President Barack Obama (L) and Republican presidential candidate Mitt Romney finish their debate at the University of Denver in Denver, Colorado, October 3, 2012. (Saul Loeb/Getty Images)
McLean, VA (written by Gregory Korte/USA Today) -- A month before Election Day, President Obama and Republican challenger Mitt Romney are on opposite coasts, delivering starkly different messages to distinct audiences today.
Romney will deliver a foreign policy address to formally dressed cadets at the Virginia Military Institute this morning, attacking Obama for what adviser Alex Wong called a foreign policy marked "by passivity, by delay and by indecision."
Later, he'll rally supporters in Newport News, Va., in the heart of a region dominated by military bases and defense contractors.
More than 2,000 miles away, President Obama will travel to Keene, Calif., to dedicate a national monument at the burial site of Cesar Chavez, the labor leader who White House spokesman Jay Carney called "a civil rights icon who gave a voice to poor and disenfranchised workers everywhere."
It's the only official event in what's otherwise a two-day California fundraising trip, following up on an announcement Saturday that Obama had his best fundraising month of the campaign in September: $181 million.
Romney returns to battleground Virginia's Shenandoah Valley today for the second time in a week. The Virginia Military Institute venue is the alma mater of George Marshall, the soldier-diplomat regarded as an architect of America's post-World War II global power.
A former Massachusetts governor with no direct foreign policy experience, Romney has criticized Obama for departing from what he says is a "bipartisan tradition" exemplified by Marshall.
Sunday, a trio of Romney foreign policy advisers repeatedly compared his foreign policy to the "peace though strength" approach of Harry Truman, John F. Kennedy, Ronald Reagan and Bill Clinton -- and compared Obama's "weakness" to Jimmy Carter. They sidestepped a question of how a Romney doctrine would compare to President George W. Bush. "You should always be careful about the use of the word doctrine," said Eliot Cohen, a Romney adviser who served under Secretary of State Condoleezza Rice in the Bush administration.
The timing of the speech emphasizes the importance of foreign policy to the Romney campaign and seizes on what his campaign called a series of disturbing developments out of the Middle East in the past month: the assassination of the U.S. ambassador to Libya in Benghazi, growing Islamic influence in Egypt and Tunisia and escalating conflict in Syria.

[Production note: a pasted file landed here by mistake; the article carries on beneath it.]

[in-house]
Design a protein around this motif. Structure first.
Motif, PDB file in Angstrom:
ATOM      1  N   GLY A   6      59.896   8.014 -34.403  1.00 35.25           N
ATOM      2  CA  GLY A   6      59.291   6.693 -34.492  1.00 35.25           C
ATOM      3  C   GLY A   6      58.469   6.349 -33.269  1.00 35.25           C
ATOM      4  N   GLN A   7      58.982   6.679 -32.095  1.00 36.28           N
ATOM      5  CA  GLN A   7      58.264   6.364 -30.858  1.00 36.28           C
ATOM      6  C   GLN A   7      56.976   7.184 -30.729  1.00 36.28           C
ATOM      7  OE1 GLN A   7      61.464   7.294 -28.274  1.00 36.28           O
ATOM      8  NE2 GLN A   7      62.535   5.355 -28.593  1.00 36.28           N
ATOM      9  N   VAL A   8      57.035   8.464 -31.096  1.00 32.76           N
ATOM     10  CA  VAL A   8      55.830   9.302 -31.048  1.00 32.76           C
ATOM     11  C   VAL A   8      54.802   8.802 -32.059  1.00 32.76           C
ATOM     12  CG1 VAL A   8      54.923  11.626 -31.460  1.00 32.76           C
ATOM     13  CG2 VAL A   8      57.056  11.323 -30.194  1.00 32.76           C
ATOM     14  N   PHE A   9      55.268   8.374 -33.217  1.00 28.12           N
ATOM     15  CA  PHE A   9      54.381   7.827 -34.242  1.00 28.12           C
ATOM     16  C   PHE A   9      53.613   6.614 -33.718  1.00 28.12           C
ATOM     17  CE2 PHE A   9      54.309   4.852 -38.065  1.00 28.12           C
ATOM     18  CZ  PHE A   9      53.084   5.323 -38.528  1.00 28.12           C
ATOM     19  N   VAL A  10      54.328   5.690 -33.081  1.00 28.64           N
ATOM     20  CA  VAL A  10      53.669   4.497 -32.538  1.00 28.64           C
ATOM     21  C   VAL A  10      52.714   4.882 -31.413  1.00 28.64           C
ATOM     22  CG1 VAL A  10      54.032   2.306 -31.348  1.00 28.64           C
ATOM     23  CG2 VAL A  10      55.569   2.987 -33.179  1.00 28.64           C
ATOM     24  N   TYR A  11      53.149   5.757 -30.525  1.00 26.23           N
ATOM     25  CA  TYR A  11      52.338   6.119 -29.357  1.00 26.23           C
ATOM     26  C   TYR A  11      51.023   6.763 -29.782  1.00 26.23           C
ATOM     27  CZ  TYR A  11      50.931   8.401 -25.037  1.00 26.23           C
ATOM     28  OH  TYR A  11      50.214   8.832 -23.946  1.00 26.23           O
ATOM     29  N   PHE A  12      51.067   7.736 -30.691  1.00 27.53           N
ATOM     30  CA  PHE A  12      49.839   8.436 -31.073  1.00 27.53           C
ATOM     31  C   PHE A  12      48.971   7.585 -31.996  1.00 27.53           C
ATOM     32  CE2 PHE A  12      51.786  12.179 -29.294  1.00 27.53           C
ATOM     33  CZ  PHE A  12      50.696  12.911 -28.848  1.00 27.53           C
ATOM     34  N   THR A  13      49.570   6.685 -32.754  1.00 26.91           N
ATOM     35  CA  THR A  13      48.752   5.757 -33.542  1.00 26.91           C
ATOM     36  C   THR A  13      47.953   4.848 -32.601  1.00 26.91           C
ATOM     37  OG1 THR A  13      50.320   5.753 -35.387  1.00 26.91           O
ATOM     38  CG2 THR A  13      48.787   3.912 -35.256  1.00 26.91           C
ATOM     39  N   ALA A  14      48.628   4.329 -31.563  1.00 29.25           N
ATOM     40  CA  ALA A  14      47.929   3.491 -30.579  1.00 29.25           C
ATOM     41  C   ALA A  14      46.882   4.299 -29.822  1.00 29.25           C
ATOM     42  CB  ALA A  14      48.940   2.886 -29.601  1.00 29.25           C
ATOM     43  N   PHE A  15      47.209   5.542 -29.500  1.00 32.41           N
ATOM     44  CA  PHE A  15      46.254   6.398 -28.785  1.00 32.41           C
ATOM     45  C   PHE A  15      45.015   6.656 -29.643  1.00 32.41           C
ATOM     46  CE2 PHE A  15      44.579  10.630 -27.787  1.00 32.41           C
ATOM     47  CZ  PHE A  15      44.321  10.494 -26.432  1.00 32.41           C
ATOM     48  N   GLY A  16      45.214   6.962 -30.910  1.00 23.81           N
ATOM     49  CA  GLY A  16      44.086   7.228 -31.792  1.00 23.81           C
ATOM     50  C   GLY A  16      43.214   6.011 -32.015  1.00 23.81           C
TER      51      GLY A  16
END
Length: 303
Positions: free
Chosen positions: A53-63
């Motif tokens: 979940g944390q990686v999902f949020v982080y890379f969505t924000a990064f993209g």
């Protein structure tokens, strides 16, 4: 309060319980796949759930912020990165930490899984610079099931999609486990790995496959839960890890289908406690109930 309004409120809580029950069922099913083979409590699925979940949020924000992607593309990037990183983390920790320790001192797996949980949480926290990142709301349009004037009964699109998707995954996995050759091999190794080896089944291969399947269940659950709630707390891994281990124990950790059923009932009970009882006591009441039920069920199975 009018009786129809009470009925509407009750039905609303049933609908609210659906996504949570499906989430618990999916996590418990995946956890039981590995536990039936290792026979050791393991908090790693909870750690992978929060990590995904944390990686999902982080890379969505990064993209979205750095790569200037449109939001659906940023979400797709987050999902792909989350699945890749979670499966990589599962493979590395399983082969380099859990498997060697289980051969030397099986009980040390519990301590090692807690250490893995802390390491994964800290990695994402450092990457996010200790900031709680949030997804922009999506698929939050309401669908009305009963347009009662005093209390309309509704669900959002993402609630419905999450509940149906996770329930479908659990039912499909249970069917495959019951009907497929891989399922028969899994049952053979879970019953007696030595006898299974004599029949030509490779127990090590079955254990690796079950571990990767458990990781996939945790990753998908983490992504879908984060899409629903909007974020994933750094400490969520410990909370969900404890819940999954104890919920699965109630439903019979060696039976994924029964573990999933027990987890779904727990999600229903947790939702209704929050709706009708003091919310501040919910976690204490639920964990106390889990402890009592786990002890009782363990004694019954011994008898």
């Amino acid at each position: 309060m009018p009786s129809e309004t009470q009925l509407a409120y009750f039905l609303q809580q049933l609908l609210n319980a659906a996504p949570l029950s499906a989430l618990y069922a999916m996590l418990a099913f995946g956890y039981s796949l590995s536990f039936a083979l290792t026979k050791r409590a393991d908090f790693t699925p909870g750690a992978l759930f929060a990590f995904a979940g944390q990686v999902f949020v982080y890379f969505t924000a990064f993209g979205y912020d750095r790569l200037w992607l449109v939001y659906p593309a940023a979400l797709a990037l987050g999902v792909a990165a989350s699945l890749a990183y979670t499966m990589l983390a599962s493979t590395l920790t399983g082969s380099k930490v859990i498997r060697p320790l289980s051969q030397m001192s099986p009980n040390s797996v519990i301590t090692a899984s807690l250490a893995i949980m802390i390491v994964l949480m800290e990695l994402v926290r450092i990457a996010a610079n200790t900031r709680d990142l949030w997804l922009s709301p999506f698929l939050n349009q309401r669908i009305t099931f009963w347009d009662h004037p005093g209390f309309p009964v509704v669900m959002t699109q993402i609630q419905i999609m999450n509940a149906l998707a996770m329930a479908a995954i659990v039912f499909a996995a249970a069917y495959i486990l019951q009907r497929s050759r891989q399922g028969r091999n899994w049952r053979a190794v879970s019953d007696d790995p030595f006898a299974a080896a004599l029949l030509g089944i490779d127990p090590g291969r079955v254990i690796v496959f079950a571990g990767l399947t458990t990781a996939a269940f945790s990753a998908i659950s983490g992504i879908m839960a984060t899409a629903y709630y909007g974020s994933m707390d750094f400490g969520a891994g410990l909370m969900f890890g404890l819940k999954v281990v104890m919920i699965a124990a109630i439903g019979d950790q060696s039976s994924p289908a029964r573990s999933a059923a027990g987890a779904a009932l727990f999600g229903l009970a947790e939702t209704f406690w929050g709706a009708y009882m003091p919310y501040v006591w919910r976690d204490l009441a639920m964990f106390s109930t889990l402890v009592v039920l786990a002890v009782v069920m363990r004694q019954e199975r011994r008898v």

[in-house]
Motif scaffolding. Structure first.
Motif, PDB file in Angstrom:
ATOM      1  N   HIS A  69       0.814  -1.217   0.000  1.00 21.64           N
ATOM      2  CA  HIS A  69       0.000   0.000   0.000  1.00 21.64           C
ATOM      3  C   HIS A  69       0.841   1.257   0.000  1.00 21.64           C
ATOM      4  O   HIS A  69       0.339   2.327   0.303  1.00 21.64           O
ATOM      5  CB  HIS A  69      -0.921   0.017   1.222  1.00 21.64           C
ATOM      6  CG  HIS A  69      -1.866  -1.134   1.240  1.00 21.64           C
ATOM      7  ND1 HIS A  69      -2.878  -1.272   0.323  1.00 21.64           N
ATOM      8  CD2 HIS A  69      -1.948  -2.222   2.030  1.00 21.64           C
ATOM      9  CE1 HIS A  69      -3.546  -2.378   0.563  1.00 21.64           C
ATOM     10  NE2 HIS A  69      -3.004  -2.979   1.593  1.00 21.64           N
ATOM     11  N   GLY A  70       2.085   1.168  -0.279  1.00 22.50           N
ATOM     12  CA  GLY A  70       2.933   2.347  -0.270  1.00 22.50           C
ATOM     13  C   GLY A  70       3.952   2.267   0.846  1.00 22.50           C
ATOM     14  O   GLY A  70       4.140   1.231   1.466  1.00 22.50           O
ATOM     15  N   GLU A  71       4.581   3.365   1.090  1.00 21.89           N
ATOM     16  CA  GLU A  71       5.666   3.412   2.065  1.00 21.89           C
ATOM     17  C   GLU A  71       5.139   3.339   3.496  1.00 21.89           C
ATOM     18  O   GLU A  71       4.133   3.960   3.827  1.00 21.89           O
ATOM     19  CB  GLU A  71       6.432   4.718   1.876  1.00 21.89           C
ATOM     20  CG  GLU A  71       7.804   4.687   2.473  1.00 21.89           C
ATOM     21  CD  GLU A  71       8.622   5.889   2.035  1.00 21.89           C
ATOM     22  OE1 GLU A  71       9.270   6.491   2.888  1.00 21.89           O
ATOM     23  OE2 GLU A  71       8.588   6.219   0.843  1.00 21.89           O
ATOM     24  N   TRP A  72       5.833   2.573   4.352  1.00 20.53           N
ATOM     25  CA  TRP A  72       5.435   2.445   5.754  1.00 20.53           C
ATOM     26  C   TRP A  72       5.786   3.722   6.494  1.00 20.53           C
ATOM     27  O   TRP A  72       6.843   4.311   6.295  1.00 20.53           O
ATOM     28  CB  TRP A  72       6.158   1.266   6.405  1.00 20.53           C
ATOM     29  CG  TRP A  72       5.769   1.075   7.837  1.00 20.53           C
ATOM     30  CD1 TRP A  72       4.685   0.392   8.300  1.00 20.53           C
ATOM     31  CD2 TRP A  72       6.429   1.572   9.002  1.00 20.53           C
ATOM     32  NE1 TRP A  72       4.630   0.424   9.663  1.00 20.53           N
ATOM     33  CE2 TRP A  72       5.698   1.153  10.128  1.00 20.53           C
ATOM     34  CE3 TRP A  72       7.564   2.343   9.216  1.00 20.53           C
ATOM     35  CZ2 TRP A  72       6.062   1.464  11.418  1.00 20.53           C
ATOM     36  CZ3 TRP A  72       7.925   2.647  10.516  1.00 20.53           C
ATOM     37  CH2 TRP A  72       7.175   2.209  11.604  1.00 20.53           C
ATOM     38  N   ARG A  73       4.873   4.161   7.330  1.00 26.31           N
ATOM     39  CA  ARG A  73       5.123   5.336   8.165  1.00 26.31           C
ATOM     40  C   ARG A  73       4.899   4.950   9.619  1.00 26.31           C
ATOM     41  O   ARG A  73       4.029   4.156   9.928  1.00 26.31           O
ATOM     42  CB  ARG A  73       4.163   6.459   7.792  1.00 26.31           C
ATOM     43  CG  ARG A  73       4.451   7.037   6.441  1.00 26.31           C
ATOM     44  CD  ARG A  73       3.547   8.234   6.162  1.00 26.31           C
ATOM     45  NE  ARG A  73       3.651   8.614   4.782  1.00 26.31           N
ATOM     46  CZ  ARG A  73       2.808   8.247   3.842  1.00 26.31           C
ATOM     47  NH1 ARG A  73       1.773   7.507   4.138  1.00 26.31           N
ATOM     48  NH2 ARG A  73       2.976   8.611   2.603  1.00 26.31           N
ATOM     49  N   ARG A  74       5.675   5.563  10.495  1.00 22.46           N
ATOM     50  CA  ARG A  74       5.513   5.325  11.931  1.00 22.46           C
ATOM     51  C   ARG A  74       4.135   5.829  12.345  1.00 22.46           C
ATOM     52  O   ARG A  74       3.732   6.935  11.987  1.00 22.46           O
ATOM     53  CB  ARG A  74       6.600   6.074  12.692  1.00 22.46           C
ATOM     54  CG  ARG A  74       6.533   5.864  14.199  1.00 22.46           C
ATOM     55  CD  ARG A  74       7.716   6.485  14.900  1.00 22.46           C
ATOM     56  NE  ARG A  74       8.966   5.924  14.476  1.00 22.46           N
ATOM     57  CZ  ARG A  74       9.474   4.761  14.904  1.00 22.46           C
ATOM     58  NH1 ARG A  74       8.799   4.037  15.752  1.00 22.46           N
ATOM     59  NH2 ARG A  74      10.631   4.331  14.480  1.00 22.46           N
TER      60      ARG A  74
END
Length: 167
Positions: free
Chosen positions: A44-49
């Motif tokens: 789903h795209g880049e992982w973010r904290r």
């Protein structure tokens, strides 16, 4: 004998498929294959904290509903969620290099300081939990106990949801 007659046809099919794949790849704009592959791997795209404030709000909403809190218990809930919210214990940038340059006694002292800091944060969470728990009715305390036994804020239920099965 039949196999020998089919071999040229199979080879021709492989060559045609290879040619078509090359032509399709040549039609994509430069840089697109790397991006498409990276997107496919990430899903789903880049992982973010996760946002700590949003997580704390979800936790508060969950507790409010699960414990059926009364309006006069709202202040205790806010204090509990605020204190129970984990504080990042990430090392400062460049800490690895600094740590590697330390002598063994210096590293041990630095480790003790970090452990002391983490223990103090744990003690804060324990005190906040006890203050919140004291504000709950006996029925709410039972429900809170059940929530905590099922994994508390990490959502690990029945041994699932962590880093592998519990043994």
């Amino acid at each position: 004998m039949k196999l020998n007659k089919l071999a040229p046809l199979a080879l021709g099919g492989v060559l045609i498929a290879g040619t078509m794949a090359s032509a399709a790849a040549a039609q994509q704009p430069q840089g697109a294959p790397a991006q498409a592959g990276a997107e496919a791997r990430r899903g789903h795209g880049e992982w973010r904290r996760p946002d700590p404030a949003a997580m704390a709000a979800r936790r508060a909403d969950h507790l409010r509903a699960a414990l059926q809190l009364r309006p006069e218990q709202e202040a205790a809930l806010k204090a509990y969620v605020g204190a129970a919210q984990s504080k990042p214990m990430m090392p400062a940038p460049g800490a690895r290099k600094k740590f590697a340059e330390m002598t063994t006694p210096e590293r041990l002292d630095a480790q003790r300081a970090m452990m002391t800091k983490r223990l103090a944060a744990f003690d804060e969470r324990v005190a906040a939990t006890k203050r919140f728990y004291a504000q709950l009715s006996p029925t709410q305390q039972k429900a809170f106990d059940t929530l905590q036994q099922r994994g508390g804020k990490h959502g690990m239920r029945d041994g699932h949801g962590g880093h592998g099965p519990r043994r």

The Obama camp said the Romney speech marks "his fourth or fifth retake at trying to lay out his foreign policy positions."
"We're not going to be lectured by someone who has been an unmitigated disaster on foreign policy every time he's dipped his toe in the foreign policy waters," said Obama campaign traveling spokeswoman Jen Psaki. "Just as a refresher, this is the same guy who, when he went overseas on his trip, the only person who has offended Europe more is probably Chevy Chase."
California's electoral votes are not in play, so the only campaign reason for Obama's visit is to raise money. The president is continuing an aggressive fundraising schedule in Los Angeles and San Francisco, even after announcing having raised $181 million in September, the biggest month of the campaign for either candidate. Romney has not announced comparable figures.
Psaki said a Los Angeles event Sunday was actually a "thank-you event for a small group of donors" who had given the maximum amount allowed by law. She declined to name them.
"It seems clear that many Obama supporters who were sitting on the sidelines became energized about this race last month," said Rick Hasen, a campaign-finance expert at the University of California-Irvine. "As in 2008, the Obama campaign will be extremely well-funded going into Election Day. But this time his opponent will be, too. Neither side will be able to blame a loss on a lack of money."
Obama's fundraising haul provides a lift to the campaign after a debate performance last week that even Obama supporters agreed was lackluster. When reporters asked Psaki for the name of a man seen getting off Marine One with the president, she joked, "He's a new debate coach."
Contributing: Fredreka Schouten and David Jackson